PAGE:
Mission managers and engineers have been able to clear one, if not two, of their "areas of concern" on space shuttle Endeavour's heatshield but a third damaged tile may require the STS-134 astronauts perform "focused inspections" on Saturday.
Photos taken of Endeavour's tile-covered underbelly as it approached the International Space Station on Tuesday revealed seven areas of damage running in a rough line from the right-side main landing gear door to an aft elevon. Four of those seven dinged tiles were earlier cleared as safe for reentry.
Of the remaining three damaged sites, one was cleared on Thursday, and a second located on Endeavour's right-side inboard elevon was expected to be ruled not a concern by Friday morning.
The third, a 3.22 by 2.49 inch gouge found between the right main landing gear door and an external tank feed line port, may require better imagery before managers can decide a course of action.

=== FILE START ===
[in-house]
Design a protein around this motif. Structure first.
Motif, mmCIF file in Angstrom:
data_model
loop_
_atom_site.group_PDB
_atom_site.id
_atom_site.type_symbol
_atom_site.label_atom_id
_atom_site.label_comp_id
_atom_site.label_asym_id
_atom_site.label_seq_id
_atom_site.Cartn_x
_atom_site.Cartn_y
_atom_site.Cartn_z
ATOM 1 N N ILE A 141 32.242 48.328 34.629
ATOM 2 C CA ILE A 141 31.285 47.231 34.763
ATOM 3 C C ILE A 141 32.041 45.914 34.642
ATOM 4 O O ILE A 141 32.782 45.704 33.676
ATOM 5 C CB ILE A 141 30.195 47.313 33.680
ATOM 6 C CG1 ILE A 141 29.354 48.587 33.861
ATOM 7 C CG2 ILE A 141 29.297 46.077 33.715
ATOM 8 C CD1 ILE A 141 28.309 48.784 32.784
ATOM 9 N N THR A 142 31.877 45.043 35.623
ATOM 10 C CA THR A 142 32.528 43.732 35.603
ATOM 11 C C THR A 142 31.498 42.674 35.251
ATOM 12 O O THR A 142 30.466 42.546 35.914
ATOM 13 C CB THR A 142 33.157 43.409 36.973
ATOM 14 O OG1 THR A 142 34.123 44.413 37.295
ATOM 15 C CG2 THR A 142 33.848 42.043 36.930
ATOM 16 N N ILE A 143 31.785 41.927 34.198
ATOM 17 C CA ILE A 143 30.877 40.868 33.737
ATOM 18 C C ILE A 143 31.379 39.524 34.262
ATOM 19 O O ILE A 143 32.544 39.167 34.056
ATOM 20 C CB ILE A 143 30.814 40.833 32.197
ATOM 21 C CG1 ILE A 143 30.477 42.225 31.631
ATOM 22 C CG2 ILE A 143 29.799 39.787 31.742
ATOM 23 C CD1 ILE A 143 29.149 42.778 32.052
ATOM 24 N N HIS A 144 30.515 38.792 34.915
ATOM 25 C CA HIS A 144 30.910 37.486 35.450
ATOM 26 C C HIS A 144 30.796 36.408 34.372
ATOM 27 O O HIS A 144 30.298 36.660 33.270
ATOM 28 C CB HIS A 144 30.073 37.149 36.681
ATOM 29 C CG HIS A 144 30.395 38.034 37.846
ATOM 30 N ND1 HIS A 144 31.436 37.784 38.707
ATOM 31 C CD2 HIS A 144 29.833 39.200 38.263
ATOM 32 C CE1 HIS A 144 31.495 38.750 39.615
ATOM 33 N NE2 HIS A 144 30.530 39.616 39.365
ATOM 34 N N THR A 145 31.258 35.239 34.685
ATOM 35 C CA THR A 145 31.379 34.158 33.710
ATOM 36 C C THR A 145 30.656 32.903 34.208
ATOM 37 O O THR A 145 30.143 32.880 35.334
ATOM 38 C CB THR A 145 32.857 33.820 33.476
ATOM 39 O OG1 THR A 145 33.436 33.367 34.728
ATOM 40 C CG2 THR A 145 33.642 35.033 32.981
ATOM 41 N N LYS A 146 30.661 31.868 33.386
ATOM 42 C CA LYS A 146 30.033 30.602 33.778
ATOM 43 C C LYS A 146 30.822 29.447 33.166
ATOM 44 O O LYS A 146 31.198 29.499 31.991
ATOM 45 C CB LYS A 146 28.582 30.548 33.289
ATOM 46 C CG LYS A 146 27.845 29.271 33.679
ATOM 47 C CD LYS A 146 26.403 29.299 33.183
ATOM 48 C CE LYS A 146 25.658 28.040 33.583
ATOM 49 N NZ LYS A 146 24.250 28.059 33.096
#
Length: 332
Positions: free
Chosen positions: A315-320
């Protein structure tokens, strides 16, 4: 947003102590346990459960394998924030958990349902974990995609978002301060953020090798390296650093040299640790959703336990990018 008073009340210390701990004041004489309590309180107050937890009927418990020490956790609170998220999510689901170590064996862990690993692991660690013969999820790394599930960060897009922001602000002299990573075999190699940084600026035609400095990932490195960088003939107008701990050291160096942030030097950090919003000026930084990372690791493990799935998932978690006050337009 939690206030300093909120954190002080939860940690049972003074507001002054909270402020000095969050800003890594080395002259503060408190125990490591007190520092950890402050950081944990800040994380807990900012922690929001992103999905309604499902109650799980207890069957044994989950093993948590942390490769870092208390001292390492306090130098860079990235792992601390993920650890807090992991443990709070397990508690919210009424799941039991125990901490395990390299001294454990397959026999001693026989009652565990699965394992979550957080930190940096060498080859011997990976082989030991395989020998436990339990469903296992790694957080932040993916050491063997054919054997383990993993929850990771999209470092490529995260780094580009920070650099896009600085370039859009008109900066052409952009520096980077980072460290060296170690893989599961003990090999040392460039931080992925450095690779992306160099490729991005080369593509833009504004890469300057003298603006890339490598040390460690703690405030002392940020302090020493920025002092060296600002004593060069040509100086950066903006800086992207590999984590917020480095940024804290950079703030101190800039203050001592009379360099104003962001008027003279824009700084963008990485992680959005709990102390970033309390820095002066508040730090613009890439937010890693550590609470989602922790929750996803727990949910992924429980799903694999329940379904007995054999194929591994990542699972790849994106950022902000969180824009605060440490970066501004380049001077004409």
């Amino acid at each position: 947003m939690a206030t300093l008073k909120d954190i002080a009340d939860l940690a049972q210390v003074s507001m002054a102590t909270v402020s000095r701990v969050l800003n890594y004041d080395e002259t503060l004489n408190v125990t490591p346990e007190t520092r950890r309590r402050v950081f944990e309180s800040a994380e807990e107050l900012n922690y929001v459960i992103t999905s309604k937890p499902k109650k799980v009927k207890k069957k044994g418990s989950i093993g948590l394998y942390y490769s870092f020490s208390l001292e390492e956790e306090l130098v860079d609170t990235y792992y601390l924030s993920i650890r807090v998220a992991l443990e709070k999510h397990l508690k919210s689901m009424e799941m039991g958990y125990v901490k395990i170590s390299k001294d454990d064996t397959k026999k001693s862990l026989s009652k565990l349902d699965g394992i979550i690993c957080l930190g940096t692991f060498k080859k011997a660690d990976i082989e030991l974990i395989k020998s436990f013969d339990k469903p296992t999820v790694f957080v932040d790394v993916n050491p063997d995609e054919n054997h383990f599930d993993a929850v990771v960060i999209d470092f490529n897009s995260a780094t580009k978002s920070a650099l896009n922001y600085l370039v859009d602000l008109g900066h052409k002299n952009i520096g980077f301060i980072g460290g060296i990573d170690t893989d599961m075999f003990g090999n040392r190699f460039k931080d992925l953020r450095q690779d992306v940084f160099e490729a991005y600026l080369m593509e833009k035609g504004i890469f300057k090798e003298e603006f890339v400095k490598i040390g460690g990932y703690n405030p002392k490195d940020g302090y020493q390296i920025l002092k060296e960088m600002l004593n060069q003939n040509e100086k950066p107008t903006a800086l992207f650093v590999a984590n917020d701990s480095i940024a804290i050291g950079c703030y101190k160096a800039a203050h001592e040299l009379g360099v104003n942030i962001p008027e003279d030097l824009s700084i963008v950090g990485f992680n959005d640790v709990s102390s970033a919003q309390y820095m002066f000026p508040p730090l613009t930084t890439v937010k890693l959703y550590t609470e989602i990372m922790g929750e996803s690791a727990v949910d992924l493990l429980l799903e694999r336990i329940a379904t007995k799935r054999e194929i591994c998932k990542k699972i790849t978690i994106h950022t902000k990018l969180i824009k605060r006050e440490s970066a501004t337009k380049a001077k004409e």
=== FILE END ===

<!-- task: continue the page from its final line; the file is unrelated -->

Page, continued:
"The team has not completed our assessments on this site, but the work we've done so far, we believe we may need to do a focused inspection in order to get some fidelity," said mission management team chair LeRoy Cain. The existing pictures of that area, he said, "are kind of fuzzy."
If managers do decide they need the additional images, it will be only the fifth time focused inspections have been conducted in the 21 flights that have followed the loss of space shuttle Columbia in 2003.
One of those previous inspections was conducted in 2007 for a gouge on Endeavour's belly that was similar in size and location to the one now a concern. The focused inspections conducted by the STS-118 astronauts provided engineers on the ground the information needed to clear the tile for a safe reentry.
Cain said he expected the outcome this time to be similar.
"I feel pretty confident if, in fact, we're not able to clear it by the morning, when we get focused inspection data we will be able to clear this problem and not have to do anything," he said.
"I'm not concerned about the damage that we're seeing here, it's certainly not alarming," Cain said. "My confidence is largely derived from the fact that we have a very good process for dispositioning these things, we know exactly how to go assess them. We've gotten better and better at it and we know that our models are doing nothing but improving as time goes on and we get more experience."